19 of PRASA’s 40 corridors reopened but providing peak-period service only

2nd June 2023

By: Irma Venter

Creamer Media Senior Deputy Editor


Font size: - +

The Passenger Rail Agency of South Africa (PRASA) has seen passenger numbers plummet from 600-million a year in the 2014/15 financial year, to 15-million in the last financial year, says CEO Hishaam Emeran.

He says 50% of the 2 300 km PRASA network was impacted on by theft and vandalism during Covid-19-related shutdowns.

Prior to the Covid-19 pandemic, PRASA operated 40 corridors. To date, 19 corridors have been recovered to provide a limited peak-hour service.

“We have been putting a lot of effort into rebuilding and recovering the system,” says Emeran.

“We are no longer at a point where things are a disaster – there is hope. We are now fully in the recovery programme, but, having said that, a lot more work needs to be done.”

Emeran says PRASA not only has to return more corridors to service, but it also has to increase the frequency of its trains on the corridors already rehabilitated.

“We need to acknowledge that the services we are running on those corridors are not sufficient to meet demand. At the moment, we are running a train every 45 minutes to one hour.

“In peak periods, a train needs to run every five to ten minutes. The reason we are not doing that is that we need to recover the signalling systems.

“At the moment, on a lot of the corridors, we are using manual authorisation.”

Emeran says it is PRASA’s focus to roll out new signalling systems, which should take 12 to 18 months.

He adds that PRASA has already received 104 of the 600 new trains ordered from Gibela, which is based in Nigel, Gauteng.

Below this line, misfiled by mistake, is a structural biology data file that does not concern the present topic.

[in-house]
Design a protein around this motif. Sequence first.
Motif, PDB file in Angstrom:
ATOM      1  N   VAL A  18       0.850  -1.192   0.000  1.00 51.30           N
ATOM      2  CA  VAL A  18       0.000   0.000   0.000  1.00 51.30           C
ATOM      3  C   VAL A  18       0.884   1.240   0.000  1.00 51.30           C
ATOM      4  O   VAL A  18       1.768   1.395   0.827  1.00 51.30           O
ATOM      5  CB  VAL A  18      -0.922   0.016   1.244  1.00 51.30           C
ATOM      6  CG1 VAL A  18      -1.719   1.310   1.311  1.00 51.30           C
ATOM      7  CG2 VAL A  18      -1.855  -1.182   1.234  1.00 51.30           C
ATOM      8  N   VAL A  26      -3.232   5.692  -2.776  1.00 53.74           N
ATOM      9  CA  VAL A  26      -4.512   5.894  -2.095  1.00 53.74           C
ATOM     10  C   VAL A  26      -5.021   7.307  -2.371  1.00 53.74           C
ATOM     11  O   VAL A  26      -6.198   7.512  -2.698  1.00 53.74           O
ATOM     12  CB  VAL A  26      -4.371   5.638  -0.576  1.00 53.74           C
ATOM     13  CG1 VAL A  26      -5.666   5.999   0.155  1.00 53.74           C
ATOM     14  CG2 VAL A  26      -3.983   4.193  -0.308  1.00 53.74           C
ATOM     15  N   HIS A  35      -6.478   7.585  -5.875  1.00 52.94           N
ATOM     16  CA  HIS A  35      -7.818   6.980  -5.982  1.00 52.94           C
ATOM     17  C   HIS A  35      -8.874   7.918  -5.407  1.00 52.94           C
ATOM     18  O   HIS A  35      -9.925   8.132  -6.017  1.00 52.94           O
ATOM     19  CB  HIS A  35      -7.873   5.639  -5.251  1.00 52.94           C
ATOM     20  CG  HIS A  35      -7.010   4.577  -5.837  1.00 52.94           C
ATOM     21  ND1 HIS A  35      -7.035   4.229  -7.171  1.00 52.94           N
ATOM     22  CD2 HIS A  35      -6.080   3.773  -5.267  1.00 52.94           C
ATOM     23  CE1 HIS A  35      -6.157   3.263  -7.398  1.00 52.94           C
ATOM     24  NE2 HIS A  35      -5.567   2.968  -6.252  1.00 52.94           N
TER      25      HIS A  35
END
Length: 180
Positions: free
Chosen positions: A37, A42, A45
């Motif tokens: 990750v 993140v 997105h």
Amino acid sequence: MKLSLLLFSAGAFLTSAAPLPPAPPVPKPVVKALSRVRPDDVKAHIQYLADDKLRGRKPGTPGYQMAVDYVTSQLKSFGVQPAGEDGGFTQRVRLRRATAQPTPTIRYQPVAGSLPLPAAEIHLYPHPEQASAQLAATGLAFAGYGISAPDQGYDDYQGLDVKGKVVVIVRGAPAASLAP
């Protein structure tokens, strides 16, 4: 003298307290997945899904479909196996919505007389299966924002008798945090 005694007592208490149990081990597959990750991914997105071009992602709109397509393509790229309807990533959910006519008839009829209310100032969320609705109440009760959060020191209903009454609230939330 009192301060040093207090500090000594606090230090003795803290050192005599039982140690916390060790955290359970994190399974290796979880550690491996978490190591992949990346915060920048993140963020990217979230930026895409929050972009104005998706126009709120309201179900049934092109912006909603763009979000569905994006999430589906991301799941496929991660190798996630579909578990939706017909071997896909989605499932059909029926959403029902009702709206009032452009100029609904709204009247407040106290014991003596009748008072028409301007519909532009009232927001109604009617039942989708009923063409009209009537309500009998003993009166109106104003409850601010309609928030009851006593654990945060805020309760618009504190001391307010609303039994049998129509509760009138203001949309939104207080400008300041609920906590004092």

Emeran says it is PRASA’s hope to serve not only its natural captive market –the poorest commuters – but to also become a mode of choice.


a return ticket from Naledi to Johannesburg city costs R17.

Emeran notes, however, that a rail system moving only 15-million people a year “is not sustainable”.

“You need higher volumes.”

He says this means that there will be a three- to five-year period where PRASA will require operational funding support from government.

PRASA’s budget for the new financial year is R20.5-billion, of which R7.5-billion will be for operations and R12.9-billion for capital projects.

Emeran says PRASA exceeded its capital budget last year for the first time in a decade.

Edited by Martin Zhuwakinyu
Creamer Media Senior Deputy Editor


Latest News


Weir Minerals Africa and Middle East
Weir Minerals Africa and Middle East

Weir Minerals Africa is a global supplier of excellent minerals solutions, including pumps, valves, hydrocyclones, wear-resistant linings,...


From batteries for boats and jet skis, to batteries for cars and quad bikes, SABAT Batteries has positioned itself as the lifestyle battery of...


Latest Multimedia

sponsored by

Photo of Martin Creamer
ARM, GoldOre, Gautrain make headlines
22nd September 2023
Magazine cover image
Magazine round up | 22 September 2023
22nd September 2023
Resources Watch image
Resources Watch
21st September 2023

Option 1 (equivalent of R125 a month):

Receive a weekly copy of Creamer Media's Engineering News & Mining Weekly magazine
(print copy for those in South Africa and e-magazine for those outside of South Africa)
Receive daily email newsletters
Access to full search results
Access archive of magazine back copies
Access to Projects in Progress
Access to ONE Research Report of your choice in PDF format

Option 2 (equivalent of R375 a month):

All benefits from Option 1
Access to Creamer Media's Research Channel Africa for ALL Research Reports, in PDF format, on various industrial and mining sectors including Electricity; Water; Energy Transition; Hydrogen; Roads, Rail and Ports; Coal; Gold; Platinum; Battery Metals; etc.

Already a subscriber?

Forgotten your password?







sq:0.121 0.16s - 91pq - 2rq
Subscribe Now